In view of this hypothesis, some of these analysts indicated that they expect sterling to fluctuate around current levels and possible ease to GBP0.90 against the euro before recovering to GBP0.72 by the end of 2018.

Since exchange rates are measured against one another, political risks and economic developments in other regions across the world will also play a role on the value of the sterling going forward. In particular, political risks in the US and also across the Eurozone remain key determinants of the value of sterling against both the US Dollar and the euro in the months ahead.

The US Dollar recently dropped to 4-month lows against a basket of currencies after the Trump administration failed to push through legislation to overhaul the healthcare sector. The vote had been viewed by market players as an important test of Trump’s ability to deliver on his electoral promises encompassing tax cuts and infrastructure spending. The dollar had already weakened in early March after the Federal Reserve hiked interest rates but did not signal a more aggressive pace of monetary tightening as many had anticipated.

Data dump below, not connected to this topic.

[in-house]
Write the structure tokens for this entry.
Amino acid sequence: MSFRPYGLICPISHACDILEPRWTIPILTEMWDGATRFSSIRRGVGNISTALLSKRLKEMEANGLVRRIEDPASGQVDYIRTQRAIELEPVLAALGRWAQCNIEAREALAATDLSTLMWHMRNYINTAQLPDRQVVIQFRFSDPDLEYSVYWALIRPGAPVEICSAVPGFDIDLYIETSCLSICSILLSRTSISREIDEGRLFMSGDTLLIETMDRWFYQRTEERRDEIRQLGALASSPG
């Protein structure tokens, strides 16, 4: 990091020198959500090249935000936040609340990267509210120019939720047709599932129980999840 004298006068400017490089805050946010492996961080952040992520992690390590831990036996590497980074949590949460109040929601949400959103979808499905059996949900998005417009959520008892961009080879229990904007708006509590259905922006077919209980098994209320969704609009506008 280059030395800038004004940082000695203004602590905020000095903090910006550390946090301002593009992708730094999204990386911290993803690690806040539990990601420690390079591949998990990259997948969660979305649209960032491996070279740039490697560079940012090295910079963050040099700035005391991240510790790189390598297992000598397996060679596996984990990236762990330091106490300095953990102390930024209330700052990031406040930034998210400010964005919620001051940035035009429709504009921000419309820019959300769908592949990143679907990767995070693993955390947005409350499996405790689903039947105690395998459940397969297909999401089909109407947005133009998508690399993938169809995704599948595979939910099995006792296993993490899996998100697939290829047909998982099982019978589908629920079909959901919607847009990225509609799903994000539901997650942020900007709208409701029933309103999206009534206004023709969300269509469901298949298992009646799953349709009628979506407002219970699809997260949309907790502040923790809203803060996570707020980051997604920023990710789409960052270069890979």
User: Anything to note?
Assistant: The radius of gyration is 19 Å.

Across the EU, market players are also closely monitoring political developments ahead of the upcoming French presidential elections. Although concerns may have subsided following the Dutch elections and recent polls in France, the euro is likely to remain very volatile in the run up to these elections set for between 23 April and 7 May. The euro is anticipated to strengthen (against various currencies including the Sterling and the US Dollar) if the centrist candidate Emmanuel Macron emerges victorious. On the other hand, a victory for the far-right anti-EU leader Marine Le Pen would undoubtedly lead to a collapse in the value of the euro against major currencies and as such a strengthening of sterling from this perspective.

The sterling exchange rate is very much in constant focus for several Maltese investors not only due to the impact on the fortunes of some companies listed on the MSE but also due to the exposure of various investors to foreign currency markets as well as international stock exchanges.